‘Killing Marketing’ to Save It

The book “Killing Marketing,” the latest from Joe Pulizzi and Robert Rose, says this: “We must kill marketing that makes a living from accessing audiences for short bursts of time so they might buy our product.”

Millennial marketing
“BMXr’s,” Creative Commons license. | Credit: Flickr by micadew

The book “Killing Marketing,” the latest from Joe Pulizzi and Robert Rose, says this: “We must kill marketing that makes a living from accessing audiences for short bursts of time so they might buy our product.”

It continues: “We must rebirth a new marketing that makes its living from building audiences for long periods of time, so that we might hold their attention through experiences that place us squarely in the initial consideration set when they are looking for a solution.

“This is the marketing of the future. It is achieving a long-term return on the one asset that will save our business: an audience.”

The book is wonderful — I highly recommend it. It’s chock-full of ideas about how to transform the marketing department from a cost center to a profit center. It details multiple ways to pull direct and indirect revenue from marketing, once true engagement with an audience has been established. In their words, it will transform your marketing into something more powerful than “the art of finding clever ways to dispose of what you make.”

But specific to the selection quoted above, for me it’s another spark of thought about the downside of personas based on demographics.

If you’re personas are demographic- lead rather than interest-led, then you’re setting yourself up for selling in short bursts of time. You’re not going to be able to establish a long-term relationship with an audience based on who they are and what they truly care about — because you simply won’t know what those things are. And you won’t create experiences that hold an audience’s attention for future consideration.

To truly build audiences for long periods of time, we need to start with interests and preferences rather than demographics.

To employ a far overused example …

Red Bull doesn’t define its audience as “Millennial males who want an energy drink.” The brand understands its audience by defining all of the facets of interests in a lifestyle of adventure — from edge (extreme) sports to music to fashion to travel and so on. And then Red Bull provides that audience with access to that lifestyle, through publications, events, social media content and more … and it sells some energy drinks, as well.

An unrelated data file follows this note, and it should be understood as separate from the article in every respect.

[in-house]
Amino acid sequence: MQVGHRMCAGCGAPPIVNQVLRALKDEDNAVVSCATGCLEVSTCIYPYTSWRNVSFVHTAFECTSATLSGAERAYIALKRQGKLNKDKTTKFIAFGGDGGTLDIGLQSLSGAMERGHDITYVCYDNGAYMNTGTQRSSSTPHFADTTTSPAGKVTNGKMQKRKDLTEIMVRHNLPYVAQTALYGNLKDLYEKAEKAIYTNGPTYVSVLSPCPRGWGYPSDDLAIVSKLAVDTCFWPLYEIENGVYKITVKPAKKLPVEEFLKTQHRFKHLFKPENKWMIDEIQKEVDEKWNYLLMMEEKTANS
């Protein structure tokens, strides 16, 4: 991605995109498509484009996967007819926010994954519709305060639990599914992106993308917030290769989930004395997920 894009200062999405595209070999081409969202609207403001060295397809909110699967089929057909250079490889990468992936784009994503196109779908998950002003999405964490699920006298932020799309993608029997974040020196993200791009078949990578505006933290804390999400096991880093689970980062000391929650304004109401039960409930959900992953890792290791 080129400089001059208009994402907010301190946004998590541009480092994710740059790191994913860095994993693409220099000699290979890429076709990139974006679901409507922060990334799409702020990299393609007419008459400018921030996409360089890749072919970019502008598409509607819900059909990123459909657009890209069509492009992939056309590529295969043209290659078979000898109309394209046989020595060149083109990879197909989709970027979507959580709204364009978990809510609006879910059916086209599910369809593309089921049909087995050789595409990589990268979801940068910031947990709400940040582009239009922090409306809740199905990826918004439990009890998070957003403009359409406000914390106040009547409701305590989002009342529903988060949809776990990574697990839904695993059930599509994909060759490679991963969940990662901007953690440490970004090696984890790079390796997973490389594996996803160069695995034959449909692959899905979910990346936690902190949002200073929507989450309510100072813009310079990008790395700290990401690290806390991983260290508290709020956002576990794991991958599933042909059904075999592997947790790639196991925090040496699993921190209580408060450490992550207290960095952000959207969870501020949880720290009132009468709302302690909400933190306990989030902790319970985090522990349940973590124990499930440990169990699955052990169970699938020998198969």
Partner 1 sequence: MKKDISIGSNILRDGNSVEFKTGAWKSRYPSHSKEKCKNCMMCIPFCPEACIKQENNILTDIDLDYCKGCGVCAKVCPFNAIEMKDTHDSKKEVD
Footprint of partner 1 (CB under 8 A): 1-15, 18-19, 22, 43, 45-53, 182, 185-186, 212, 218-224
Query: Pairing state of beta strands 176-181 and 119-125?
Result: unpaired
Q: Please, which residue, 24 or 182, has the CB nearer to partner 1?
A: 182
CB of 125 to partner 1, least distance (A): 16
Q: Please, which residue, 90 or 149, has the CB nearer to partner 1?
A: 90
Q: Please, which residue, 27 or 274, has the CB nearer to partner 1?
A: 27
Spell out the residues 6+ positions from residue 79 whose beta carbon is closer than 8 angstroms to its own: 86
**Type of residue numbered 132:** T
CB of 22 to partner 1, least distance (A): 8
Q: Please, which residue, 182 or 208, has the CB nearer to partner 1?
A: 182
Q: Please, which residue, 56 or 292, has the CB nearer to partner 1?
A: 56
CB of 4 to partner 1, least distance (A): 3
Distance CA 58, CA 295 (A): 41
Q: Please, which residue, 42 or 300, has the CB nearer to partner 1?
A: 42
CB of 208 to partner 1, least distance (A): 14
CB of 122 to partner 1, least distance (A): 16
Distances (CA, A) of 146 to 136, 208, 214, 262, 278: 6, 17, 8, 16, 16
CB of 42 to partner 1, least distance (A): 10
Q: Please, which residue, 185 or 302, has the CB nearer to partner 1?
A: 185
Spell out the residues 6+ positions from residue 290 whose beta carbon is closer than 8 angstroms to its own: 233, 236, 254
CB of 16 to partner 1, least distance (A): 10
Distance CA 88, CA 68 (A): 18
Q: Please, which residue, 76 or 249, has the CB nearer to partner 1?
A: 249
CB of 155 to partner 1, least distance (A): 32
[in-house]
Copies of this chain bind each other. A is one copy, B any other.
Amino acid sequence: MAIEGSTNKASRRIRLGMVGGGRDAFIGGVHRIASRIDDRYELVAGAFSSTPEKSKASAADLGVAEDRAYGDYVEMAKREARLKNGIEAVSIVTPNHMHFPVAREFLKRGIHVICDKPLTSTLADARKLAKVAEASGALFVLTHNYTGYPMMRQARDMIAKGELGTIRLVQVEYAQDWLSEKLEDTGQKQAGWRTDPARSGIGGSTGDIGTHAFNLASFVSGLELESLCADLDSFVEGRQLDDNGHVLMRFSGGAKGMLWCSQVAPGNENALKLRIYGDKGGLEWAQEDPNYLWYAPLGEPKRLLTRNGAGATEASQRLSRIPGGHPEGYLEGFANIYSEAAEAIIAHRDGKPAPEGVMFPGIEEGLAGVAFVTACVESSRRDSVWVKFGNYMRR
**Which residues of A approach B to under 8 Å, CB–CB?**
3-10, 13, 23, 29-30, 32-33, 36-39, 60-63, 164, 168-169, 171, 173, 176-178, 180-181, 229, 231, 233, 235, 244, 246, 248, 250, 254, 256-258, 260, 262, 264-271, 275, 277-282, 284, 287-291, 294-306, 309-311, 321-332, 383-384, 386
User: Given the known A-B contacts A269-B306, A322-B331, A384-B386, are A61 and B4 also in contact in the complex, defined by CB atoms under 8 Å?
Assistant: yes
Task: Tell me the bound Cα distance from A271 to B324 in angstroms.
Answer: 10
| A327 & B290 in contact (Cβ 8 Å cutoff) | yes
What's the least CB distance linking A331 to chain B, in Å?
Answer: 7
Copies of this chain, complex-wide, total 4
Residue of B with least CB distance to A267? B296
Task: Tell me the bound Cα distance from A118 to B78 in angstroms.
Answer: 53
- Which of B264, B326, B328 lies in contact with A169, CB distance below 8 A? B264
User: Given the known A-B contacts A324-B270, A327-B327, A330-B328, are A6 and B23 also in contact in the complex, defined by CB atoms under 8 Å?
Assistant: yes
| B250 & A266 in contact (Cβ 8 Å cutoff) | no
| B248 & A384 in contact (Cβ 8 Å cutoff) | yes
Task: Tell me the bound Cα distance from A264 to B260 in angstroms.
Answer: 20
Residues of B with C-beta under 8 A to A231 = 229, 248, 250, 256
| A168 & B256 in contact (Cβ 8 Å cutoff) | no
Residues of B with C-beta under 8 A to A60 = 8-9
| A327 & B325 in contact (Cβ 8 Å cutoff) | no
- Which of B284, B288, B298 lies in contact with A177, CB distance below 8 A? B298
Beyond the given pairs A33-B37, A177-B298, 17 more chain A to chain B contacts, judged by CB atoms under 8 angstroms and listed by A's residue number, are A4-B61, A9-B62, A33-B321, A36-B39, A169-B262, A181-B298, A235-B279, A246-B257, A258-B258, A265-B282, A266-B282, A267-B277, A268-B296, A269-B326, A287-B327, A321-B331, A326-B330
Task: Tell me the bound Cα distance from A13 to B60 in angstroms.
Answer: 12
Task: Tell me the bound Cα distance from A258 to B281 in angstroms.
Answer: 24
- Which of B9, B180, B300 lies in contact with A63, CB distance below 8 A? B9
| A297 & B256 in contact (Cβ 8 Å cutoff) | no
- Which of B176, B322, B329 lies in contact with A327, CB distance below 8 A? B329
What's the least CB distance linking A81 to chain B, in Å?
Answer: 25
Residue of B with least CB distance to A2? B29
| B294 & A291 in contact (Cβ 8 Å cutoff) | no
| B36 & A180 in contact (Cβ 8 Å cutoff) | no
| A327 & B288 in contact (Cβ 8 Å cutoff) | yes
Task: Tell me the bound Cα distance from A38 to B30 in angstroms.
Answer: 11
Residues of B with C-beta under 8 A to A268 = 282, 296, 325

If Red Bull did the former (define a demographic), it would’ve been able to effectively place an ad for an energy drink on channels where Millennial males might be. And the brand would’ve sold some drinks, and perhaps captured some people who would continue to buy Red Bull through the years. But the brand affinity it would’ve created would’ve be thin, at best. And it’d be in a constant cycle of reloading short-term audiences. That’s a losing game.

Instead, Red Bull tilted toward the latter — personas based on interests. But … how did that happen?

Maybe the brand started with an idea like: “We see opportunity to engage the ‘extreme sports lifestyle audience regardless of age, location, etc.’ in a whole new, deeper way.” Or, perhaps Red Bull carefully observed its initial audience — the short-term customer audience it had when it first went to market with the drink — and asked questions like:

  • We see Millennial males are a big part of our initial audience, but what’s behind the demographic?
  • What commonalities does that portion of the audience share with the rest of the audience?
  • What is it that our audience — in aggregate — is telling us they care about most?
  • What information are they craving most?
  • And is anyone else providing that information? Access?

I wasn’t there, so I don’t know. And most of the stories we hear about Red Bull’s content marketing successes don’t focus on the starting point of audience understanding. But I imagine it was more along the lines of not resting on an initial, demographic-lead audience understanding. I imagine the brand had a short-term audience, but decided it didn’t want to have to constantly reload. Good for Red Bull!

Smart marketers will take note and do the same. They’ll dig deep. They won’t rest on the easy, starting answer. They’ll get past the simple, demographic personas, and they’ll start thinking about interests that transcend demographic as the path to building a long-term, engaged audience.